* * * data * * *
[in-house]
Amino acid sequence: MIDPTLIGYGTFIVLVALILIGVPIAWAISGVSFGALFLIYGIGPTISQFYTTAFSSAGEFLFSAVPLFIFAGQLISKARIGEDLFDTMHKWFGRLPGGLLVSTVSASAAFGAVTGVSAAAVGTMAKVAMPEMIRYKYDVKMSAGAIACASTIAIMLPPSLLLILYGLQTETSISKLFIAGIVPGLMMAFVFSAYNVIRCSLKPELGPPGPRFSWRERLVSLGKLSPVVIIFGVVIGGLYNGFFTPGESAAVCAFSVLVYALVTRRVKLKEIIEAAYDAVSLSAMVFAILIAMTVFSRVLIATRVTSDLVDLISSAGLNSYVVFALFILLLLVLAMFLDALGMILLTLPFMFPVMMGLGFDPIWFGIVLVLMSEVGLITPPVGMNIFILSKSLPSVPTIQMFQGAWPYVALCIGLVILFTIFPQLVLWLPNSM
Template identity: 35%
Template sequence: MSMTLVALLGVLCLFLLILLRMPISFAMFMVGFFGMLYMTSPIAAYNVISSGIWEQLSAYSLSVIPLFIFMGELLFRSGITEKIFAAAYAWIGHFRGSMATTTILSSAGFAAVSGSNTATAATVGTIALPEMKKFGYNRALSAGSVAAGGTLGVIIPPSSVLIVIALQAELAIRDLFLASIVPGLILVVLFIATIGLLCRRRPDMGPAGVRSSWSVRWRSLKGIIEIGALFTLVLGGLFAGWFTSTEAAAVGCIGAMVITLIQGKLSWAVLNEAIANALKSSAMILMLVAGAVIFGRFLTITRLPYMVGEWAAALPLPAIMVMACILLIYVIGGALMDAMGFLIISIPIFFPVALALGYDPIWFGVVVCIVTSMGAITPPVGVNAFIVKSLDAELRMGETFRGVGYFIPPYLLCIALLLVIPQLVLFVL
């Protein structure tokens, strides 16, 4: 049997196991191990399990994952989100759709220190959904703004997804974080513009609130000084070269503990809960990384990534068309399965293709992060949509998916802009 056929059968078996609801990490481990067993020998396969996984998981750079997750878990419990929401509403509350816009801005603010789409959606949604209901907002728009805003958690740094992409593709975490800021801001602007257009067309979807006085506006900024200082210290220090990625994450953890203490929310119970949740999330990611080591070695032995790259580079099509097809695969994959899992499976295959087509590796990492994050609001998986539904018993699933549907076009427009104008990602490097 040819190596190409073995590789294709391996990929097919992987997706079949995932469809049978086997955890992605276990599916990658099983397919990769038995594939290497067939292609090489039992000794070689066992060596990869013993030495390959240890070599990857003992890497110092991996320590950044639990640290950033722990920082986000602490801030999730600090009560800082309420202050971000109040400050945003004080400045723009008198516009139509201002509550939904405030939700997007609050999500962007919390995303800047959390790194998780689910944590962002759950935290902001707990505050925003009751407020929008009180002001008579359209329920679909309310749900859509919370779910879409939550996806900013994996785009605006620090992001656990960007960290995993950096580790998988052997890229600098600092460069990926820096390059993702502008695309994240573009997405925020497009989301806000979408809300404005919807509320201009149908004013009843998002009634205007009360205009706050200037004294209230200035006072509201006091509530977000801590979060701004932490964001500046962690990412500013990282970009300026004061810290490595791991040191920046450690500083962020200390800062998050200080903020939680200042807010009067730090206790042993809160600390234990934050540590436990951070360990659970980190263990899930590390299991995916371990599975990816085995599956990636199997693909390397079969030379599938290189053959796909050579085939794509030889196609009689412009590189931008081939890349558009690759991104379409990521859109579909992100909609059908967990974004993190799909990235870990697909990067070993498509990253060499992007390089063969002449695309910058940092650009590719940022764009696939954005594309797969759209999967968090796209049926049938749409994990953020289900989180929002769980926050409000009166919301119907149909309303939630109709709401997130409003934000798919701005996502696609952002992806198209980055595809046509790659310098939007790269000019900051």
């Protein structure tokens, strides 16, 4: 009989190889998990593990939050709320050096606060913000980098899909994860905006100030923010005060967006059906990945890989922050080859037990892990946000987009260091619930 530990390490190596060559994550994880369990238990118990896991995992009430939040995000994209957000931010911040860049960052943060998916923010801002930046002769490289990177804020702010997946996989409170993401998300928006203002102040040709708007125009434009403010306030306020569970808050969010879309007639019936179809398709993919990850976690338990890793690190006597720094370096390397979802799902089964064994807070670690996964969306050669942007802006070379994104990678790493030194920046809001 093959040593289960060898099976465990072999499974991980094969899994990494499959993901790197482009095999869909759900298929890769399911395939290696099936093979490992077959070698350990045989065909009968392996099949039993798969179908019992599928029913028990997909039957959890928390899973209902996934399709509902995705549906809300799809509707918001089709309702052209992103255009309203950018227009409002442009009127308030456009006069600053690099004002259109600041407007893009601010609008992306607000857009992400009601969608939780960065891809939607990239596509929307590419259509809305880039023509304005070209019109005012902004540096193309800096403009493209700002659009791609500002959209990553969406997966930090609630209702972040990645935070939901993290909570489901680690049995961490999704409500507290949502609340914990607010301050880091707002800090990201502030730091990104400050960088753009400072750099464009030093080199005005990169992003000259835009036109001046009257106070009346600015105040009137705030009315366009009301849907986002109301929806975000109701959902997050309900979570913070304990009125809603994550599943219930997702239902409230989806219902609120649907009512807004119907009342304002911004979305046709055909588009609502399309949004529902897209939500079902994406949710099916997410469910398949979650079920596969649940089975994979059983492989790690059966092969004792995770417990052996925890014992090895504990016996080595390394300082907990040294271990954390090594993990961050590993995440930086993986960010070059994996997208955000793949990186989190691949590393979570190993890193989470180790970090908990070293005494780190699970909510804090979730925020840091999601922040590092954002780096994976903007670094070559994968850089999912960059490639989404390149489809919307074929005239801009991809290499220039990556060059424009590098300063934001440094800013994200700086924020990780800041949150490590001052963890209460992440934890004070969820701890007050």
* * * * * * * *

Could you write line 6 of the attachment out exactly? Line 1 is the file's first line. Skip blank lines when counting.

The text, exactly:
């Protein structure tokens, strides 16, 4: 009989190889998990593990939050709320050096606060913000980098899909994860905006100030923010005060967006059906990945890989922050080859037990892990946000987009260091619930 530990390490190596060559994550994880369990238990118990896991995992009430939040995000994209957000931010911040860049960052943060998916923010801002930046002769490289990177804020702010997946996989409170993401998300928006203002102040040709708007125009434009403010306030306020569970808050969010879309007639019936179809398709993919990850976690338990890793690190006597720094370096390397979802799902089964064994807070670690996964969306050669942007802006070379994104990678790493030194920046809001 093959040593289960060898099976465990072999499974991980094969899994990494499959993901790197482009095999869909759900298929890769399911395939290696099936093979490992077959070698350990045989065909009968392996099949039993798969179908019992599928029913028990997909039957959890928390899973209902996934399709509902995705549906809300799809509707918001089709309702052209992103255009309203950018227009409002442009009127308030456009006069600053690099004002259109600041407007893009601010609008992306607000857009992400009601969608939780960065891809939607990239596509929307590419259509809305880039023509304005070209019109005012902004540096193309800096403009493209700002659009791609500002959209990553969406997966930090609630209702972040990645935070939901993290909570489901680690049995961490999704409500507290949502609340914990607010301050880091707002800090990201502030730091990104400050960088753009400072750099464009030093080199005005990169992003000259835009036109001046009257106070009346600015105040009137705030009315366009009301849907986002109301929806975000109701959902997050309900979570913070304990009125809603994550599943219930997702239902409230989806219902609120649907009512807004119907009342304002911004979305046709055909588009609502399309949004529902897209939500079902994406949710099916997410469910398949979650079920596969649940089975994979059983492989790690059966092969004792995770417990052996925890014992090895504990016996080595390394300082907990040294271990954390090594993990961050590993995440930086993986960010070059994996997208955000793949990186989190691949590393979570190993890193989470180790970090908990070293005494780190699970909510804090979730925020840091999601922040590092954002780096994976903007670094070559994968850089999912960059490639989404390149489809919307074929005239801009991809290499220039990556060059424009590098300063934001440094800013994200700086924020990780800041949150490590001052963890209460992440934890004070969820701890007050």